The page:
Pellet shapes and performance: Part 3
by Tom Gaylord
Writing as B.B. Pelletier
My Beeman R8 Tyrolean is an accurate pellet rifle that I enjoy shooting.
This report covers:
- Beeman R8
- First test — Air Arms Falcons
- Test two — RWS Superpoints
- Test three — big one
- What have we learned?
Today is the day we see how the three pellet shapes perform at 50 yards. This is the day we have all been waiting for. I was out at the range a couple times since the last test of these three pellets, but the wind was always a problem. Last week I had a perfect day and was able to get a lot of testing done. Tomorrow you will see another report that was also done on this day.
But today we look at the performance of the three pellet shapes — dome, pointed and wadcutter. Conventional wisdom says the dome should do the best, followed by the pointed pellet. The wadcutter will be dead last, if the wisdom holds.
I’m shooting my Beeman R8 Tyrolean for this test. You have seen several times in the past what a wonderfully accurate rifle it is to 25 yards, but this will be its first test at 50 yards. I am as curious as you about what will happen.
I shot with the rifle rested directly on the sandbag, which we have learned over many years of testing is the most accurate way to shoot it. There was no wind on the morning I conducted this test, and I shot on the 50-yard range at my club, where there are 10-foot-high berms on both sides of the range. Any wind that might exist gets cancelled by these berms. I pulled no shots, out of the 30 that were fired, so this was a perfect test.
First test — Air Arms Falcons
First up were Air Arms Falcon pellets. At 25 yards they had grouped into one-half-inch, which is okay, but 8 of them were in a much tighter 0.286-inch group that I said was typical for that pellet in this rifle.
The first shot at 50 yards landed about 5-1/2-inches below the aim point. The shots were also slightly to the right of the aim point. In fact, one pellet landed about 1/4-inch off the paper, in what turned out to be a very horizontal group of 10. The group measures 2.733-inches between centers, and that is only an estimate, because of the shot that landed off the paper. After that result I wondered whether the other two pellets would even hit the paper!
I must note that some of the Falcon pellets hit in such a way that they tore the paper to the right of the main hole. That indicates a pellet that’s not flying straight — a pellet that has destabilized in flight.
Ten Falcon domed pellets made this 2.733-inch group at 50 yards. One pellet landed about a quarter-inch off the paper so the group size is just an estimate. Notice that several holes are torn on the right side, indicating a pellet that isn’t flying point-on.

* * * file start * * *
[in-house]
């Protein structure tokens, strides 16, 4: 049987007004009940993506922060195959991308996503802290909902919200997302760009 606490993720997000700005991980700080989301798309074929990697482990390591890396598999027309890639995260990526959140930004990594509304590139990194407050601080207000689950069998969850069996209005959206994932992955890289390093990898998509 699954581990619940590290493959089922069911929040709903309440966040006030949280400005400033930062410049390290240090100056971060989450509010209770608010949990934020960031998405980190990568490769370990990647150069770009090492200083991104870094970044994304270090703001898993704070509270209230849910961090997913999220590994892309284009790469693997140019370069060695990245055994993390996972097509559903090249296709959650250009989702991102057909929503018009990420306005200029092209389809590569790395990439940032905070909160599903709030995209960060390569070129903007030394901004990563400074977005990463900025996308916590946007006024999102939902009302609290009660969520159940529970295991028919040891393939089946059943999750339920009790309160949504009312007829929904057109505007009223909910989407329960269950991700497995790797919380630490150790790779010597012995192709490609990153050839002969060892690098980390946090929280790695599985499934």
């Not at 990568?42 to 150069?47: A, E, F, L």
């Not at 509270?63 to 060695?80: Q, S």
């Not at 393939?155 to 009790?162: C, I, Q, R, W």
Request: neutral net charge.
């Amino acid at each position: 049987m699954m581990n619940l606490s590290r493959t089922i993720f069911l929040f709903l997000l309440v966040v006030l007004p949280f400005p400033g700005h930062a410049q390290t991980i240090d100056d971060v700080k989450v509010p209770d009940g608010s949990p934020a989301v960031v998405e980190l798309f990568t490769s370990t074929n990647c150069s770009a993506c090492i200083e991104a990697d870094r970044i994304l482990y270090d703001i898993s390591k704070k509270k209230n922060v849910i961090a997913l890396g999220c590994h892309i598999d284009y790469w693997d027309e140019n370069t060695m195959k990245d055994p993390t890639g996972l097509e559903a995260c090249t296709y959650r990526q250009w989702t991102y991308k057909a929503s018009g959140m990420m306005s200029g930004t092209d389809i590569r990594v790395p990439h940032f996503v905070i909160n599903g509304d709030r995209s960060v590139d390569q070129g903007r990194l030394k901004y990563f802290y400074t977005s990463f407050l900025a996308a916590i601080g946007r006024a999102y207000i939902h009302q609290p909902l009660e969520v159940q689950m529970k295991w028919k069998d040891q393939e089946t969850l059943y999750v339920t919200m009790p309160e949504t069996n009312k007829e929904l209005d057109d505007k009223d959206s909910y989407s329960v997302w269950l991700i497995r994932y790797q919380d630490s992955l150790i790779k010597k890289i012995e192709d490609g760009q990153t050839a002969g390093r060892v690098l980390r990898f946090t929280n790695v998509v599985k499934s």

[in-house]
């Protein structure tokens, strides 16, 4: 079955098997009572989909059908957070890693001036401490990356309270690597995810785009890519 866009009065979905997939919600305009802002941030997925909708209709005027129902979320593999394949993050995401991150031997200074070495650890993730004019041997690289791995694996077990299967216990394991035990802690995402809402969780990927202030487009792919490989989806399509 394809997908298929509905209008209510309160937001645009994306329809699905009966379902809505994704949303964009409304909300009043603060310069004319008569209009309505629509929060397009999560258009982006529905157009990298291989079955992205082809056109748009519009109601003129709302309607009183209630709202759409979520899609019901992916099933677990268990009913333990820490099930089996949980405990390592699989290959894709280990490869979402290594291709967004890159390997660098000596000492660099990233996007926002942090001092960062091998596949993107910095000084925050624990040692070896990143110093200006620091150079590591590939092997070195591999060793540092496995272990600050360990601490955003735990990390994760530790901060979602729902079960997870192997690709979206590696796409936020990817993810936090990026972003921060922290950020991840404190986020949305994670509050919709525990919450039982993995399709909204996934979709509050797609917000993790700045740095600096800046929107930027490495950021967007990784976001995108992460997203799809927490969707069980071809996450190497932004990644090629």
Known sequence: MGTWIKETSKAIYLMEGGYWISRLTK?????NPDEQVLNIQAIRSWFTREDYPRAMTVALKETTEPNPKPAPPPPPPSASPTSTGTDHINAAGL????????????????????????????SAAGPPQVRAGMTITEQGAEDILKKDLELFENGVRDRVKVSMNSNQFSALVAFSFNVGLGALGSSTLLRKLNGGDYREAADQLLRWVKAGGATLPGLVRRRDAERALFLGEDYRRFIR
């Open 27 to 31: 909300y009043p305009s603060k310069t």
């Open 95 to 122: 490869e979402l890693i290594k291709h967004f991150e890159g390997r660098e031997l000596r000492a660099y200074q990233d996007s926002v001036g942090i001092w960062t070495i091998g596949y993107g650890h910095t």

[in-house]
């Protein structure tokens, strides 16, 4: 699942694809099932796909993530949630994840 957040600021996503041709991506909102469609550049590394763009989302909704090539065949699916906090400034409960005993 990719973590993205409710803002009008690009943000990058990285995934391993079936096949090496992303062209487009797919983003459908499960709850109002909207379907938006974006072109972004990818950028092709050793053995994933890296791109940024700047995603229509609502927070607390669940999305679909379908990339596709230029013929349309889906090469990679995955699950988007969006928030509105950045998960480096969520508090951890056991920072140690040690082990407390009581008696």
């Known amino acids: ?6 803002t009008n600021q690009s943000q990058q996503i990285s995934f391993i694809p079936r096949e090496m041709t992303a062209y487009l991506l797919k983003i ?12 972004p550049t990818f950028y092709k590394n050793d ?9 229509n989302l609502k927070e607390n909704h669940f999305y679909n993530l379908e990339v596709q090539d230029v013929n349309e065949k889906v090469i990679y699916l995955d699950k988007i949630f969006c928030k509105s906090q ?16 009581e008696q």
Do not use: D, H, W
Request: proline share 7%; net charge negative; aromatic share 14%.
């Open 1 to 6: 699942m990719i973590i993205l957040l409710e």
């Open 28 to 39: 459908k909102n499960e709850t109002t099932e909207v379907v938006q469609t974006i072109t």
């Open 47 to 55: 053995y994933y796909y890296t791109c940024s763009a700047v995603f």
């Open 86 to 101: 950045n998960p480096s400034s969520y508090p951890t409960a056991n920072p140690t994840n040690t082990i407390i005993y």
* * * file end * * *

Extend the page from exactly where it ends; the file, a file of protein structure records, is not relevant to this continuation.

Test two — RWS Superpoints
Now it was time to try the RWS Superpoints that have surprised us in this test series, thus far. In the test at 25 yards they outshot the domed Falcons, giving a 10-shot group that measured 0.464-inches between centers. At 50 yards 10 Superpoints went into 3.515-inches. That was better than I expected, given the group made by the Falcons.
Test three — big one
Now it is time to look at how well wadcutter pellets do at 50 yards. Up to this point they have done well, grouping 0.472-inches at 25 yards and besting the domed pellets. I was anticipating a group that looked more like a shotgun pattern at 50 yards. But that didn’t happen.
Ten Vogle wadcutter pellets went into a group that measures 2.368-inches at 50 yards! Yes, it was the smallest group of the test — close to half an inch smaller than the domes that were supposed to be the most accurate pellets at this distance. This was a result I never expected.
Ten Vogle target wadcutters made this 2.368-inch group at 50 yards. It is the smallest group of the test.
This is just one group, but because it is 10 shots, it is far more illustrative of the true accuracy of the pellet that was tested. Not as illustrative as two 5-shot groups, but more like five 5-shot groups. Ten shots eliminates nearly all of the randomness of the test.
Note that some of the holes are torn on the right in this group, too. So if I am right, these pellets has destabilized, as well.
What have we learned?
I never could have predicted an outcome like this. I have tested this phenomenon so many times that I was sure I knew how the test would go. Well, I was wrong this time. And that is why we test.
We have also learned that groups do not always grow in a linear way as the distance increases. If that was true, the Falcons would have grouped in about one inch at 50 yards instead of 2.733-inches. I think the difference in the ewxpectation and what happened can be attributed to pellet stability, but that is just a guess.
Does this mean that wadcutters are the most accurate pellets for long-distance shooting? I don’t think it does. All it shows is that, out of the three pellets I tested in this one air rifle, the wadcutter proved to be the best — this time. To know anything more than that would require a lot more testing of other rifles and pellets.
The bottom line today is we have learned something very important. Don’t always rely on “common knowledge.”
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